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Bill Farquharson

The Sales Challenge

By Bill Farquharson

About Bill

As a 30 year sales veteran, Bill has the perspective of a been-there, done-that sales rep in the commercial print arena. Following sales fundamentals and giving unapologetically "old school" advice, he writes and speaks in an entertaining fashion to make his points to sales people and owners who sell. "Bill Farquharson will drive your sales momentum."

 

What Dogs Can Teach Us About Sales

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Note: Last week’s blog detailed a curious selling situation and asked for your help in advising a print sales on how to handle it. I promised you the rest of the story and here it is. SPOILER ALERT: If you haven’t done so, go read it and then come back. Okay. Here’s what happened: The sales rep told the client he was unwilling to leave the mock up and insisted on meeting with the boss instead. The key contact was irate, seeing it as a challenge to her integrity and threw him out of the office. Right decision? Wrong decision? That’s a debatable matter. It is unfortunate that it worked out this way nonetheless.

I was always more of a cat person, having grown up in a feline household. Hanging out at my best friend’s house recently has given me an appreciation for the selling skills that dogs possess. I have come to believe there is much we can learn from the furry four-legged types:

1. Persistency pays off—Bear is an eight-year-old Siberian Husky. Believe me, if he were human, those blue eyes would melt every Buyer (not to mention every woman) within a 500 mile radius. Although he is not supposed to beg at the dinner table, Bear sits patiently staring down his prey. Time and again he is emphatically told, “No!” He treats this word as if he does not understand the English language (but then, why would he? He is Siberian! Perhaps if we said, “Nyet?”). He sits and waits, his eyes speaking for him. Eventually, his persistency pays off and he is rewarded with a tasty morsel.

2. Differentiate yourself—Bear’s new companion is Buddha, a four-month-old Husky (See picture below). Buddha could howl like Bear, but he doesn’t want to be a me-too dog. So, he has developed his own voice and his own style (chewing expensive furniture, for example). As a result, Buddha gets just as much, if not more, attention as his big brother.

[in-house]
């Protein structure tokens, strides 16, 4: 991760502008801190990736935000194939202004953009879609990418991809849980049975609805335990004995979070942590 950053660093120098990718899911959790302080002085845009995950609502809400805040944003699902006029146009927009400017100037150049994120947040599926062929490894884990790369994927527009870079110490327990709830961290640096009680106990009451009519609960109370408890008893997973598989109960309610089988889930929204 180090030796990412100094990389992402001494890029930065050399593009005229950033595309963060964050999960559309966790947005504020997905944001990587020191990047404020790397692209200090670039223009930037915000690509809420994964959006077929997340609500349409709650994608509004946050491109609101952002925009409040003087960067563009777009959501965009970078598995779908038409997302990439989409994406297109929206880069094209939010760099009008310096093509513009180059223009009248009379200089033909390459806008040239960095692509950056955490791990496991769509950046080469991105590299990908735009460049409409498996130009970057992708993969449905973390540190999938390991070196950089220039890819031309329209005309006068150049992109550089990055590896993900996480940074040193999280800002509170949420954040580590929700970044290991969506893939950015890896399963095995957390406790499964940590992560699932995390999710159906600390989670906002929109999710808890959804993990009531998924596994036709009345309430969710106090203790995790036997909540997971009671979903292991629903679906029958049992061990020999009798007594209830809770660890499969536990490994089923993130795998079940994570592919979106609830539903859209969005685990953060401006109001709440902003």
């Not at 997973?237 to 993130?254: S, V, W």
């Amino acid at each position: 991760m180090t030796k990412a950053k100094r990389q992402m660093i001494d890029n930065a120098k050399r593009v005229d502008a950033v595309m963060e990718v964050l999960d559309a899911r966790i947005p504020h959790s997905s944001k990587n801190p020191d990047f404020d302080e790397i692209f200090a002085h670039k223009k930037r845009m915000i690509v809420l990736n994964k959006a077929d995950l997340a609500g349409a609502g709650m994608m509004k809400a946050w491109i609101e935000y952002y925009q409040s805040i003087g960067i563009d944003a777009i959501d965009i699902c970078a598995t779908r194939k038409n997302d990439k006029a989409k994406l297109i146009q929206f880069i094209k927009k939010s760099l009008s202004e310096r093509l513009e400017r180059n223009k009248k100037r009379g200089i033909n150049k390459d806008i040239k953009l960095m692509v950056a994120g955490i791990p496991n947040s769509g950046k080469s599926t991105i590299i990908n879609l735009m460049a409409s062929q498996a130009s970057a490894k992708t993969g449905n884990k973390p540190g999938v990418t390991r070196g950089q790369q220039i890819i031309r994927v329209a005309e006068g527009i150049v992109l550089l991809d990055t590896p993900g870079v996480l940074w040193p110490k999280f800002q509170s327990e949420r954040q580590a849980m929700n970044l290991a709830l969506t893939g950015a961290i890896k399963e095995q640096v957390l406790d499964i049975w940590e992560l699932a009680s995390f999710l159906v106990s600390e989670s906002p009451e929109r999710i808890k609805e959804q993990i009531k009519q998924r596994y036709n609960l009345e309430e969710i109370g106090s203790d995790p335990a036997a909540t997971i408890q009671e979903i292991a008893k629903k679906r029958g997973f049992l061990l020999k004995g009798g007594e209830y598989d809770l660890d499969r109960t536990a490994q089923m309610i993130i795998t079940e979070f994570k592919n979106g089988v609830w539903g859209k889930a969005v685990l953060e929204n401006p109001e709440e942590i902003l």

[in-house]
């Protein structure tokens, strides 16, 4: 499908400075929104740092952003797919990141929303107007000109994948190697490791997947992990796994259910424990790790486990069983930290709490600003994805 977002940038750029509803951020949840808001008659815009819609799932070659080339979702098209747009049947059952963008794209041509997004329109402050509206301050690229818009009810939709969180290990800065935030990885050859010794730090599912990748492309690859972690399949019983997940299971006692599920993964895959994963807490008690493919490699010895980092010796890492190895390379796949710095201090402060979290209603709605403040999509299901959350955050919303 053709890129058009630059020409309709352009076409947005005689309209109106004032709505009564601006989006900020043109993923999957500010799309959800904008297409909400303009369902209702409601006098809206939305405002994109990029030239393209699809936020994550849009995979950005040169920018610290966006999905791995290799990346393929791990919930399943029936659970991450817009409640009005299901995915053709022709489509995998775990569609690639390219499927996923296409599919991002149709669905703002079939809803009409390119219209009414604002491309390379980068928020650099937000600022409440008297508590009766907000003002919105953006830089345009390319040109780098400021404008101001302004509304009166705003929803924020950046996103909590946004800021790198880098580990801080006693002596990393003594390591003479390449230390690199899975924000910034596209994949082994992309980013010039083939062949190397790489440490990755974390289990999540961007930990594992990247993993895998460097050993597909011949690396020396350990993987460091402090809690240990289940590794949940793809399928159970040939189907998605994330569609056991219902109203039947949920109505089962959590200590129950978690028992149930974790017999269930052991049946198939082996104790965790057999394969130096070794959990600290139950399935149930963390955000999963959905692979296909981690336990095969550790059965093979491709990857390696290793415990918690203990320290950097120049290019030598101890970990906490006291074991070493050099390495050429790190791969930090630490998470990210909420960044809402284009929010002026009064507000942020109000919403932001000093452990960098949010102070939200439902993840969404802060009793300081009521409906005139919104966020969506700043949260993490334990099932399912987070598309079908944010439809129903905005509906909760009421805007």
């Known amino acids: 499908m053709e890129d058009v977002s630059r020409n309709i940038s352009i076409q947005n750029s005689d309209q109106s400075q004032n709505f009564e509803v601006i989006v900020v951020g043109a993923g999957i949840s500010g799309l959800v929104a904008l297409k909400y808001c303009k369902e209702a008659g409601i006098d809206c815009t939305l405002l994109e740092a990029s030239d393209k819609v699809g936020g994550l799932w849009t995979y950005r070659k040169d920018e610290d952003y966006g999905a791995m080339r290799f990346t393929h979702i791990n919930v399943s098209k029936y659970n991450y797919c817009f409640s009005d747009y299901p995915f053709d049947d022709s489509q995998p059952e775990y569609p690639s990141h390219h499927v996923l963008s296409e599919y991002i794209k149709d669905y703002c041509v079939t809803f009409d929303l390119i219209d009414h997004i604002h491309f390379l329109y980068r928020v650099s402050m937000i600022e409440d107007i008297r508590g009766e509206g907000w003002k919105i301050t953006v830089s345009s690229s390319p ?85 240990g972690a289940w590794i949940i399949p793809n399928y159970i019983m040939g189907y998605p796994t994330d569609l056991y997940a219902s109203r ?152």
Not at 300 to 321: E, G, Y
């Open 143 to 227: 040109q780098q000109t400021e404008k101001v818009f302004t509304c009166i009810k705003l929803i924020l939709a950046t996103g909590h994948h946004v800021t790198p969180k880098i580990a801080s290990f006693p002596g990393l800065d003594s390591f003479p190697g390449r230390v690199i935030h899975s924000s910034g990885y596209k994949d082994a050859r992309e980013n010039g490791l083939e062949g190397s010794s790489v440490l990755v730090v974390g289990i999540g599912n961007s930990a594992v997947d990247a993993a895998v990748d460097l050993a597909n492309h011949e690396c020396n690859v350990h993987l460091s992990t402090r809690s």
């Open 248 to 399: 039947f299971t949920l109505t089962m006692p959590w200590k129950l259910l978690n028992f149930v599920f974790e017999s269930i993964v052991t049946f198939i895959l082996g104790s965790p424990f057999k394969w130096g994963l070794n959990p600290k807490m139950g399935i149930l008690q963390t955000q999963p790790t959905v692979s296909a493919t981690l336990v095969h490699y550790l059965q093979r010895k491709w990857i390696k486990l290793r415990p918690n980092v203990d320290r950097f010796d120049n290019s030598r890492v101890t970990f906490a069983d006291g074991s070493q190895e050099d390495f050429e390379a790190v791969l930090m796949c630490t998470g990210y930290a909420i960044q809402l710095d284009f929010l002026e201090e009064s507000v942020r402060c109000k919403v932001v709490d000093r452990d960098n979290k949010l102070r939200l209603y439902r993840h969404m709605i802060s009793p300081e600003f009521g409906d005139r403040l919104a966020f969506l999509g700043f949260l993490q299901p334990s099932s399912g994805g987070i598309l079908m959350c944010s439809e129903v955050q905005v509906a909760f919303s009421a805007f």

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3. When something goes wrong, don't make a fuss—
Inevitably, and the life of every dog, there’s going to be trouble. Things go missing, sofas get ruined (see the aforementioned furniture-as-a-chew-toy comment), or they wander out of their “sales territory.” Man is perhaps the only species that relives the past again and again. Dogs are magnificently uninterested in the past. If a mistake is made, they learn from it and move on. But then, if someone whacked me on the nose with a rolled up newspaper, I’d quickly change my ways, too!

4. Don’t worry about the competition. Worry about the customer—My friend also has a cat. It’s some fluffy, expensive breed whose mere existence is a constant irritant to The Boys. Still, Boo-Boo competes for attention. For a while, they chased It around (not sure of the cat's gender and I ain’t looking to find out) but when they realized that to be a waste of time, they used that energy to please the hands that feed them. Smart move.

Dogs have a natural advantage over salespeople. For the most part, they are cute and create an instant desire to love them or, at bare minimum, scratch behind their ear. We humans have to work much harder for that kind of attention. Still, we can learn a lot through observation.

Sit, Ubu, sit.

Bill Farquharson is a Vice President at NAPL. His training programs can drive the sales of print reps and selling owners. Check out his Sales Resources page and contact him at (781) 934-7036 or bfarquharson@napl.org.

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